Genetic diversity of Parkia biglobosa (African locust bean) and its implications for conservation strategies
MetadataShow full item record
Lompo, D.; Konrad, H.; Duminil, J.; Gaisberger, H.; Vinceti, B.; Ouedraogo, M.; Geburek, T.(2016) Genetic diversity of Parkia biglobosa (African locust bean) and its implications for conservation strategies. [Abstract] presented at: Tropentag 2016: Solidarity in a competing world — fair use of resources. Vienna (Austria) Sep 18-21. 1 p.
Permanent link to cite or share this item: http://hdl.handle.net/10568/78095
External link to download this item: http://www.tropentag.de/2016/abstracts/links/Lompo_OtzguXM9.pdf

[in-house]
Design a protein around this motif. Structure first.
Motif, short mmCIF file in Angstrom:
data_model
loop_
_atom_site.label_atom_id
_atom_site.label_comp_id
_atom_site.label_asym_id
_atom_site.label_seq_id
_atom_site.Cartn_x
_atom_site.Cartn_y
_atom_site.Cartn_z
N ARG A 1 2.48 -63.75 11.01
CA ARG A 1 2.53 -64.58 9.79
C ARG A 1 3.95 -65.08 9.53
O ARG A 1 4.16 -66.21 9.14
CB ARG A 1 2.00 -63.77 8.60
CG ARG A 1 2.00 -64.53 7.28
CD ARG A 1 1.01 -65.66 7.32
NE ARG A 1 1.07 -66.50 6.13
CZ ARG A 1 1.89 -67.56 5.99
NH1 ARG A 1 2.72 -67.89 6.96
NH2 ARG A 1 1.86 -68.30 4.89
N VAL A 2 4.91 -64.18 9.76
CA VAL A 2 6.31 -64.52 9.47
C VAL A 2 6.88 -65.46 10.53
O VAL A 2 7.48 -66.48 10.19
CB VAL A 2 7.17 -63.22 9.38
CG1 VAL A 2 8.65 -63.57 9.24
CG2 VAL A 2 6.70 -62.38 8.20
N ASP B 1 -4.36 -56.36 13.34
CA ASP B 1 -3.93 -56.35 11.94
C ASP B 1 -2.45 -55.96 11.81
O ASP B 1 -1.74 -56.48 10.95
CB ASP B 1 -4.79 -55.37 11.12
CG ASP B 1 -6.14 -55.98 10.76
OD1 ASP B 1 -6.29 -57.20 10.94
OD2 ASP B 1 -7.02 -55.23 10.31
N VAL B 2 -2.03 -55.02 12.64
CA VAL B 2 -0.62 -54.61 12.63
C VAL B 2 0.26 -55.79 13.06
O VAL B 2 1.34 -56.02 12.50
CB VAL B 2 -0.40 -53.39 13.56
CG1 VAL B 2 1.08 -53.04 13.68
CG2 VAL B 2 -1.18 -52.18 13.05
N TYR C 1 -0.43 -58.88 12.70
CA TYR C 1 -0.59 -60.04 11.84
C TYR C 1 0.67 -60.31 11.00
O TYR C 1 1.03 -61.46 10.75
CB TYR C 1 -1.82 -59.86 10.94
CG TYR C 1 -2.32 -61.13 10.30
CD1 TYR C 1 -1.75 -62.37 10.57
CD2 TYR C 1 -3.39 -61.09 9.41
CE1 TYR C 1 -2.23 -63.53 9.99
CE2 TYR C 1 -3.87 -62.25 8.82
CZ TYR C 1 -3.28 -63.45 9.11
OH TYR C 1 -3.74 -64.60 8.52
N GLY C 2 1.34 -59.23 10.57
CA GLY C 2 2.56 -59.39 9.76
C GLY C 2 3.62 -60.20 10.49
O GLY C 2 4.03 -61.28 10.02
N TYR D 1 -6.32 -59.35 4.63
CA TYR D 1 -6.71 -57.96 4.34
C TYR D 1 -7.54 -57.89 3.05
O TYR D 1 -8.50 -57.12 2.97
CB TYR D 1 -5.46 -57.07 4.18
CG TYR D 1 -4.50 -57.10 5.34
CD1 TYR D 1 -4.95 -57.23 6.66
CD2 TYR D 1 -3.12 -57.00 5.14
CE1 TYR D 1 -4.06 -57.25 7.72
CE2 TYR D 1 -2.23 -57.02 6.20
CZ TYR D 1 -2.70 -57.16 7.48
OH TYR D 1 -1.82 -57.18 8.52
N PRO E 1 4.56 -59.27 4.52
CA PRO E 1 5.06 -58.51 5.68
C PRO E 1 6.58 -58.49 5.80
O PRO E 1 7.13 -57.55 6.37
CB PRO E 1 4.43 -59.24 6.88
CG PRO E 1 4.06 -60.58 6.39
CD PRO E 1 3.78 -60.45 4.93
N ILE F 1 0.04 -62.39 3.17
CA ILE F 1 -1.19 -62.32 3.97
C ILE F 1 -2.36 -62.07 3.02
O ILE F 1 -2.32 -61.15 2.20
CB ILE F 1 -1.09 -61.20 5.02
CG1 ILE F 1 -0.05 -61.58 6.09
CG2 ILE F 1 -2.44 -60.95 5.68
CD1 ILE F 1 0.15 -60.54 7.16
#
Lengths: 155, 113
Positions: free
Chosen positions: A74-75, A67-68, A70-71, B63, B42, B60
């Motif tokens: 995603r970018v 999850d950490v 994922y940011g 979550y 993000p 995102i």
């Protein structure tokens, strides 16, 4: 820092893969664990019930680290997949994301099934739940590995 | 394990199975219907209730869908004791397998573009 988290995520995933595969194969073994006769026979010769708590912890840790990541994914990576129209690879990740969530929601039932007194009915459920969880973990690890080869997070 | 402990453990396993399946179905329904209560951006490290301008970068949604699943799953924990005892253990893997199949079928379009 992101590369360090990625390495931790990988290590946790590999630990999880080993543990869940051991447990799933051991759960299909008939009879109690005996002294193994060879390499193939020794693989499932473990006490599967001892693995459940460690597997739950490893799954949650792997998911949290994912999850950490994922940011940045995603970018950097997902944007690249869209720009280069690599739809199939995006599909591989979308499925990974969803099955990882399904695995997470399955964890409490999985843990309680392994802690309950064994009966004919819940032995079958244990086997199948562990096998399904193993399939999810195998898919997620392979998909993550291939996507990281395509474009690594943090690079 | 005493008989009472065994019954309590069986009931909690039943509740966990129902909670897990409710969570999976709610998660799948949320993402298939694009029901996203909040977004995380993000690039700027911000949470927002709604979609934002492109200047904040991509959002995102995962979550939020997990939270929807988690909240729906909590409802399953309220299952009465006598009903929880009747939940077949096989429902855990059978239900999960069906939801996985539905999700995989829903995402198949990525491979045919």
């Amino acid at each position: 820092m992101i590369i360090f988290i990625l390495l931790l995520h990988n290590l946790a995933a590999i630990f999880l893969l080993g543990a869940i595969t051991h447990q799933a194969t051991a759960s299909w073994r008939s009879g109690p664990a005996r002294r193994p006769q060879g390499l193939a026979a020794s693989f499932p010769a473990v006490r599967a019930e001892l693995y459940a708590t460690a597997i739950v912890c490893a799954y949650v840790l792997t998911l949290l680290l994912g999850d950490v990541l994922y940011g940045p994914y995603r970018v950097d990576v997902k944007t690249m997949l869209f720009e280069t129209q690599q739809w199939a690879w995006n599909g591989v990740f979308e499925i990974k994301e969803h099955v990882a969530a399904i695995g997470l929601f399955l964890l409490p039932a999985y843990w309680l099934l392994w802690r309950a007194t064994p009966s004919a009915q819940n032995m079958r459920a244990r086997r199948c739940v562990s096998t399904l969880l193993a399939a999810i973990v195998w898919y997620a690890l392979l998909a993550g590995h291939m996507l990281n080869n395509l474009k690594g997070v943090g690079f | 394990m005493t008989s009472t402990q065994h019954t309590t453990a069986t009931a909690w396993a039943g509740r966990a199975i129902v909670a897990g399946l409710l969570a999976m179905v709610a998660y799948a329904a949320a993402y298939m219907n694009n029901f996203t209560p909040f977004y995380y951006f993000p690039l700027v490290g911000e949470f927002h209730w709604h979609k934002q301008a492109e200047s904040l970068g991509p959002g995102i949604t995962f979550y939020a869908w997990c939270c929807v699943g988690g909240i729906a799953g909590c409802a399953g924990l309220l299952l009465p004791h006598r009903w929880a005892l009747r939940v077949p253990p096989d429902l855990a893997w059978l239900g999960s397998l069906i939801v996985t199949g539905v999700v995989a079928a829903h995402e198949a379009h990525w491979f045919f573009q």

Parkia biglobosa is an African Savannah tree with a wide range from Senegal to Uganda between the latitudes 5 and 15° in the North of equator. It is well-known as an agroforestry tree but also as a medicinal and food tree. Seeds, barks, roots, leaves and flowers are used to treat more than 80 diseases and complaints while fermented seeds and pulp of fruits have highly nutritional and commercial values. Understanding the level and distribution of genetic diversity of a widespread species such P. biglobosa is crucial for its conservation and sustainable utilisation. The genetic diversity and population structure were investigated using height nuclear microsatellites developed for the species. The sampling included 84 populations from twelve countries in West and Central Africa. The height microsatellite loci were highly polymorphic and did not show evidence of null alleles. A total of 217 alleles were revealed among the 1,610 genotypes of P. biglobosa. The number of alleles per locus was ranged from 17 to 50 with an average of 27 alleles per locus. The estimates of genetic diversity were moderate for the populations of extreme West Africa and Central Africa and were high to populations in the centre of West Africa. Individual-based assignment using admixture model with correlated allele frequencies revealed strong genetically structured populations across P. biglobosa range in West and Central Africa. The clustering analysis showed five most plausible subpopulations for the biogeographic study in West and Central Africa. Analysis of molecular variance partitioned the molecular variation 9.10% among groups, 2.71% among populations within groups and 88.19% within populations. Overall, the genetic differentiation among populations was moderate (FST=0.118; P<0.001). In regard to the distribution of intraspecific diversity, we also discussed the implications for conservation and sustainable use of the species.